We previously investigated the progesterone metabolite 5β-dihydroprogesterone (5βDHP) in relation to human parturition at term, demonstrating that peripheral venous concentrations decrease in association with the onset of spontaneous labour. In this study our aim was to determine if 5βDHP concentrations were lower in women presenting in spontaneous preterm labour than in controls matched for gestational age. Blood samples were obtained from women presenting in spontaneous preterm labour (n = 20). The diagnosis was made on the presence of regular contractions and cervical effacement and dilatation of at least 3 cms. All women in the preterm labour group delivered before 37 weeks gestation. Blood samples were then obtained from controls, closely matched for gestational age with uncomplicated pregnancies. The preterm labour group was further stratified by cause into three groups, chorioamnionitis (n = 5), abruption (n = 4) and idiopathic (n = 11). Following organic solvent extraction, steroids were separated by HPLC and 5βDHP quantified by radioimmunoassay. Women in the idiopathic preterm labour group were found to have significantly lower circulating concentrations of 5βDHP than controls (p < 0.05). There were no significant differences found in either the chorioamnionitis or abruption groups. This result suggests that there may be a group of women in whom the normal endocrine process of labour is triggered early resulting in preterm labour.

Low Energy Electron Point Projection Microscopy of Suspended Graphene, the Ultimate "Microscope Slide"
J. Y. Mutus,L. Livadaru,J. T. Robinson,R. Urban,M. H. Salomons,M. Cloutier,P. E. Sheehan,R. A. Wolkow
Physics , 2011, DOI: 10.1088/1367-2630/13/6/063011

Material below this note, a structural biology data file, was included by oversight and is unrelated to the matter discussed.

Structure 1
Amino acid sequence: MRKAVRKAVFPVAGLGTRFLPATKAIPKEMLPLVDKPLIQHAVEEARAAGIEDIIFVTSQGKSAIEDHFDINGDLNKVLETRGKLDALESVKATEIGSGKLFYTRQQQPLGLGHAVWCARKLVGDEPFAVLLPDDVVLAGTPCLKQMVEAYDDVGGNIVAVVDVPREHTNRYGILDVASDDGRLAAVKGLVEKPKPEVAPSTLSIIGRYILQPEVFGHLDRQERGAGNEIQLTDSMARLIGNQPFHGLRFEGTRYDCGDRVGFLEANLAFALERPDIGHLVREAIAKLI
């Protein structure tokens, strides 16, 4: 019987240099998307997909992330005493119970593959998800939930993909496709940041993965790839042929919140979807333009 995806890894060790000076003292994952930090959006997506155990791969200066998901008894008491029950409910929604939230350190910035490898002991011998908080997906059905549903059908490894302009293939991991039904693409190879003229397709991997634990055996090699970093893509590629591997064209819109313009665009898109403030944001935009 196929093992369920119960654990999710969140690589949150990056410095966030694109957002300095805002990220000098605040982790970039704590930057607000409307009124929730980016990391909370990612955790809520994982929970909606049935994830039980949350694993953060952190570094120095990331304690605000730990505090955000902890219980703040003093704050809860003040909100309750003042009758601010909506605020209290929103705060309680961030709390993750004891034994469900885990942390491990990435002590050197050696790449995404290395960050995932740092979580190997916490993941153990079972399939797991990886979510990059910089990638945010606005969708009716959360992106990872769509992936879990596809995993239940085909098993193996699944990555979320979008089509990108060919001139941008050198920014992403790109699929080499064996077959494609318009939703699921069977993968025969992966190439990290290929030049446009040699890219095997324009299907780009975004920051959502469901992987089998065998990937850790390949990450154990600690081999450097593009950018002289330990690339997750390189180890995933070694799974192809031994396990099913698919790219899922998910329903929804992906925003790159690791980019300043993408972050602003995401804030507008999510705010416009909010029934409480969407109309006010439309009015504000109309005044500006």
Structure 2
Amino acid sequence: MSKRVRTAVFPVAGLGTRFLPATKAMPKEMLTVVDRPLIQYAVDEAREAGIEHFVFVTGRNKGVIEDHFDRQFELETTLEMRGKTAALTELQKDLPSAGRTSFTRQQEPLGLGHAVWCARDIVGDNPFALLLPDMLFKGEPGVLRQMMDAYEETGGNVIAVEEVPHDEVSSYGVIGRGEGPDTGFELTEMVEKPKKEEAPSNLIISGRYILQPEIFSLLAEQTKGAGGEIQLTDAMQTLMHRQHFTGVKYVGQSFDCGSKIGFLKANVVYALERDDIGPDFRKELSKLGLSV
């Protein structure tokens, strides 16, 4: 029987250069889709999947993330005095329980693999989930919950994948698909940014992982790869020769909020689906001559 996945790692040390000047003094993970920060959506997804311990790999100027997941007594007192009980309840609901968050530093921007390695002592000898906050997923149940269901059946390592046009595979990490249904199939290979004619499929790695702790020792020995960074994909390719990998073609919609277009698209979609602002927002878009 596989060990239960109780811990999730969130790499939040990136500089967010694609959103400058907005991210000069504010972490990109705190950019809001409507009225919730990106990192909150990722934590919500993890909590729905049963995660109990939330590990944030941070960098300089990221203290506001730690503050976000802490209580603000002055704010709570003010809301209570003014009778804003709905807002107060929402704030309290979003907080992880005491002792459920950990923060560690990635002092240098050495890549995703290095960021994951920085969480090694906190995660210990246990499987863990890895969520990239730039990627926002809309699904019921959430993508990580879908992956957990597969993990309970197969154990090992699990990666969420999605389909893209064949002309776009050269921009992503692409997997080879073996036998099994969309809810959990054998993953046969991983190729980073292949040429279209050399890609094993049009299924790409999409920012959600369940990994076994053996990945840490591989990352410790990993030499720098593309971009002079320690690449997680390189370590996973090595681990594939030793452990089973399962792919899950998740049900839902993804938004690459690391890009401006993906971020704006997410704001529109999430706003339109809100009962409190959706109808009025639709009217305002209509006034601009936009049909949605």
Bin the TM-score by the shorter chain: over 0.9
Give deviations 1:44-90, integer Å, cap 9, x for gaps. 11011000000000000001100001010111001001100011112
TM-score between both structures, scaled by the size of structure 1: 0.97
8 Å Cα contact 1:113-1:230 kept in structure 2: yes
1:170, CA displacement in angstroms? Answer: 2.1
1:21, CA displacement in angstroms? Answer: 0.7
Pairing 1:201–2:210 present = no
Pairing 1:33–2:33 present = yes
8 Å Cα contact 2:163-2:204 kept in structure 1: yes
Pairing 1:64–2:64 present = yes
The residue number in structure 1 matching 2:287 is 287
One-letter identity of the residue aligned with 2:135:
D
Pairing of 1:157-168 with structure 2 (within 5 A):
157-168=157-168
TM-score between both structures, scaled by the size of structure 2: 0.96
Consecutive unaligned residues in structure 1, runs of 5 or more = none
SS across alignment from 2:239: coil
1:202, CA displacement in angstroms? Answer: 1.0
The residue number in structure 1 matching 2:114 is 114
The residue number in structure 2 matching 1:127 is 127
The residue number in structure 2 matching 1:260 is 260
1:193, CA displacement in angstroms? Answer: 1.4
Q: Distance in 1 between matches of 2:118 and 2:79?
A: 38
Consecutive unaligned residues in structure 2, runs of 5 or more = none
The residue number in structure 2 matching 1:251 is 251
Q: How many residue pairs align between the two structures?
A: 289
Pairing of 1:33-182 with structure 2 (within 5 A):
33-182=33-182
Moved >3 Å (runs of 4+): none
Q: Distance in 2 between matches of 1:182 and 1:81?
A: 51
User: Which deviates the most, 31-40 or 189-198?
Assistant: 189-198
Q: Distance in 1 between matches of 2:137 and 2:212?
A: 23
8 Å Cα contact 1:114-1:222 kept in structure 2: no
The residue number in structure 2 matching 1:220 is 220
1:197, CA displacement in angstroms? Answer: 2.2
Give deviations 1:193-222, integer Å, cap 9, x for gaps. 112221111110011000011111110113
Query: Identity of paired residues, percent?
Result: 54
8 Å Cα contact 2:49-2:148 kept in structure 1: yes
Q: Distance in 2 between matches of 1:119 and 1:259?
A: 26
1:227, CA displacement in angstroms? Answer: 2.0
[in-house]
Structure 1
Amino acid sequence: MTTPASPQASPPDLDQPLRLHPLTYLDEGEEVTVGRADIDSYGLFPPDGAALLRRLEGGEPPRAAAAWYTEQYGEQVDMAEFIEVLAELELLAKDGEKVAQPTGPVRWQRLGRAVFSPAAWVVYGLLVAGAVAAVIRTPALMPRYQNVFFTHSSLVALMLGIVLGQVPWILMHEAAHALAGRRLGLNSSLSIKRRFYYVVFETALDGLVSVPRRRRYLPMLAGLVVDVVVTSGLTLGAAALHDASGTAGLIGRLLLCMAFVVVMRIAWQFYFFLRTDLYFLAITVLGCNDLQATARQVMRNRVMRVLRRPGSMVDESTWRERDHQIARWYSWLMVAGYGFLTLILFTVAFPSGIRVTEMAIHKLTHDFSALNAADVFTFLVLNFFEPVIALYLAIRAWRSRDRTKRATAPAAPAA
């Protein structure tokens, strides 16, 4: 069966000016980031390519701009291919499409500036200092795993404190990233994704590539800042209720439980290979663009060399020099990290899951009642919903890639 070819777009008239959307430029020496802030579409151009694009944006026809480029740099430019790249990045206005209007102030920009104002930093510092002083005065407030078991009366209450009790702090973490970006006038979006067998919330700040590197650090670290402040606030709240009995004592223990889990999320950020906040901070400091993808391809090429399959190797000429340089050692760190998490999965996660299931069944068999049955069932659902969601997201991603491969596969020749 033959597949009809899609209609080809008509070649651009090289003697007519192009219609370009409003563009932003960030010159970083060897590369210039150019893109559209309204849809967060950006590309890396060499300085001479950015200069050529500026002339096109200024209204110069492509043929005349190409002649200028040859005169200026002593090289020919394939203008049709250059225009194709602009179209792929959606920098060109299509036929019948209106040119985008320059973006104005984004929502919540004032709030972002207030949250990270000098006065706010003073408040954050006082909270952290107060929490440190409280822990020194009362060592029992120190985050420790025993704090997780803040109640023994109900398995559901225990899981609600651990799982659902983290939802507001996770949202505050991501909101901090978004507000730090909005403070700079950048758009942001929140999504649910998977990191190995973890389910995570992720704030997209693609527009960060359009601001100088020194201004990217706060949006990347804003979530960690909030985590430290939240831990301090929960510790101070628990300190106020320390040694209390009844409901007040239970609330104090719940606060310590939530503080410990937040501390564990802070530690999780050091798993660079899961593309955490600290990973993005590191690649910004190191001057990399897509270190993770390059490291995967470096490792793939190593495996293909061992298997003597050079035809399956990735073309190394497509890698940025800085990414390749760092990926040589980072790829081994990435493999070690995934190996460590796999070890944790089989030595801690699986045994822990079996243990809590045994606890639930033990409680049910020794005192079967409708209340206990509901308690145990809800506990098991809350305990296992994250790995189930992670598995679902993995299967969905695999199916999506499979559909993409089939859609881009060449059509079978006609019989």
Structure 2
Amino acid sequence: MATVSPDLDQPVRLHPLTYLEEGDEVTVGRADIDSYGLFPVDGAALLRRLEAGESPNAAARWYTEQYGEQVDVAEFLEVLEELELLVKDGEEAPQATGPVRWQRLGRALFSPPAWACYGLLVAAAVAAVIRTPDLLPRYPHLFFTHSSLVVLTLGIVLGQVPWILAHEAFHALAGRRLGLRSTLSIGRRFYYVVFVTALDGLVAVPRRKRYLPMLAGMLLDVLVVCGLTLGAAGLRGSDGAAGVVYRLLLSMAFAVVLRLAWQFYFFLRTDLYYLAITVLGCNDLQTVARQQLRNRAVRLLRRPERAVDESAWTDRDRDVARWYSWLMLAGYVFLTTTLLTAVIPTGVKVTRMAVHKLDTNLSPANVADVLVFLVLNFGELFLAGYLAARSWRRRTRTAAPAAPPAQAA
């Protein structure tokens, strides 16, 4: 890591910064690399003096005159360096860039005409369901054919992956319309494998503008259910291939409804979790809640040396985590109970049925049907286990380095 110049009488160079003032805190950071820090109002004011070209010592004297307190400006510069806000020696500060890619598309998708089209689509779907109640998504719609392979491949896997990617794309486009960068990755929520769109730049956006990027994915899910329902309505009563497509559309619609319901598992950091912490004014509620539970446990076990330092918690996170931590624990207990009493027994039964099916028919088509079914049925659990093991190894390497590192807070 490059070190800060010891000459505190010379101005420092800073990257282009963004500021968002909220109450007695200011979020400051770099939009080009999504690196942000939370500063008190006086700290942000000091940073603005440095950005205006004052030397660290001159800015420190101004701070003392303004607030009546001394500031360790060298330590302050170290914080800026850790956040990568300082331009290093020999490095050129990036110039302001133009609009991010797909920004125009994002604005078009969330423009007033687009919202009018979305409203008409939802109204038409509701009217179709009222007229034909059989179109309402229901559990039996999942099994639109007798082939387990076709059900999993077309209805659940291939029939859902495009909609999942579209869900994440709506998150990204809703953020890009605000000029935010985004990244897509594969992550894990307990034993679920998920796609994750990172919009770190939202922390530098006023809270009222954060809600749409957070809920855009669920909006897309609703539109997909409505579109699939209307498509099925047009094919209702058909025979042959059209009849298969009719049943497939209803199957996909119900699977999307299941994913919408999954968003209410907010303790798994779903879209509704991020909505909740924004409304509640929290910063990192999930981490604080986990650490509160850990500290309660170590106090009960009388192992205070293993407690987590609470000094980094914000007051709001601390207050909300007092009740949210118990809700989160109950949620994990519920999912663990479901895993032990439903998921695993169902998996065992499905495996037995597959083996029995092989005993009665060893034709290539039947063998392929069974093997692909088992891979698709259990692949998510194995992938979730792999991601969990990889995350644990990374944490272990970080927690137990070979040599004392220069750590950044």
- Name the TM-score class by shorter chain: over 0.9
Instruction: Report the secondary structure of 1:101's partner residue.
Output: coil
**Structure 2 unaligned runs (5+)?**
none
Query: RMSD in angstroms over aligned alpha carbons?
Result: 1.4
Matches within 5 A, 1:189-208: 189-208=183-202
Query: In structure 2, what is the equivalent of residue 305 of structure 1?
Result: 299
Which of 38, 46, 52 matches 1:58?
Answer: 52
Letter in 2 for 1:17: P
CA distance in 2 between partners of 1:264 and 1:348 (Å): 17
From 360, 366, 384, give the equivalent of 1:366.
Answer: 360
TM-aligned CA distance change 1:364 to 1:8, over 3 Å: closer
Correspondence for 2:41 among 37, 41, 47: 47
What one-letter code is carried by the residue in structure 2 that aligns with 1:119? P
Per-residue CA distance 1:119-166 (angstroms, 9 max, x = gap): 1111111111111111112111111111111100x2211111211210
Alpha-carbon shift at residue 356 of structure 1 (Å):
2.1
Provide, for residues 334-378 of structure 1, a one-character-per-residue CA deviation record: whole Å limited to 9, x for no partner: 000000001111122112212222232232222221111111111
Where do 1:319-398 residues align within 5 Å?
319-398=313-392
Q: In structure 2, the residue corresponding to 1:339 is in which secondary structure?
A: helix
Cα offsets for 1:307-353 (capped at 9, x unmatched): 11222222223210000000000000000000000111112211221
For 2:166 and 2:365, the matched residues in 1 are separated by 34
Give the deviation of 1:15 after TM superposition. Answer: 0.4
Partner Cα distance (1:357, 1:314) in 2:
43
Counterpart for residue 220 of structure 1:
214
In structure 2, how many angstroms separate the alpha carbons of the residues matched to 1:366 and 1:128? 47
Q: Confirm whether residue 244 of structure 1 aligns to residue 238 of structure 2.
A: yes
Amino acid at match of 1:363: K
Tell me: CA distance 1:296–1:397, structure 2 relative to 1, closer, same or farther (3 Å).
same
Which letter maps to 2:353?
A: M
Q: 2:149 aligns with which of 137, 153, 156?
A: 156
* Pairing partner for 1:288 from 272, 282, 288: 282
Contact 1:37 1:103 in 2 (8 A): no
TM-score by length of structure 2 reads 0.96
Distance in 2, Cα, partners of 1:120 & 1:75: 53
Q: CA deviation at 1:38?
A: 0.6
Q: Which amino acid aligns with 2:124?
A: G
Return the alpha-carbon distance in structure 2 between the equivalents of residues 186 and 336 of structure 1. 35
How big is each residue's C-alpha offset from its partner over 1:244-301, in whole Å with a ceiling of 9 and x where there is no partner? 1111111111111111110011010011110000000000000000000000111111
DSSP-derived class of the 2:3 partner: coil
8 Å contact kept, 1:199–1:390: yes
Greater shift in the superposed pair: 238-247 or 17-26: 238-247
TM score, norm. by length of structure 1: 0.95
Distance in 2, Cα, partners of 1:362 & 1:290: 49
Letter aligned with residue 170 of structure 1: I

Abstract: Point Projection Microscopy (PPM) is used to image suspended graphene using low-energy electrons (100-200eV). Because of the low energies used, the graphene is neither damaged or contaminated by the electron beam. The transparency of graphene is measured to be 74%, equivalent to electron transmission through a sheet as thick as twice the covalent radius of sp^2-bonded carbon. Also observed is rippling in the structure of the suspended graphene, with a wavelength of approximately 26 nm. The interference of the electron beam due to the diffraction off the edge of a graphene knife edge is observed and used to calculate a virtual source size of 4.7 +/- 0.6 Angstroms for the electron emitter. It is demonstrated that graphene can be used as both anode and substrate in PPM in order to avoid distortions due to strong field gradients around nano-scale objects. Graphene can be used to image objects suspended on the sheet using PPM, and in the future, electron holography.
Microbial Ecology of the Hive and Pollination Landscape: Bacterial Associates from Floral Nectar, the Alimentary Tract and Stored Food of Honey Bees (Apis mellifera)
Kirk E. Anderson, Timothy H. Sheehan, Brendon M. Mott, Patrick Maes, Lucy Snyder, Melissa R. Schwan, Alexander Walton, Beryl M. Jones, Vanessa Corby-Harris
PLOS ONE , 2013, DOI: 10.1371/journal.pone.0083125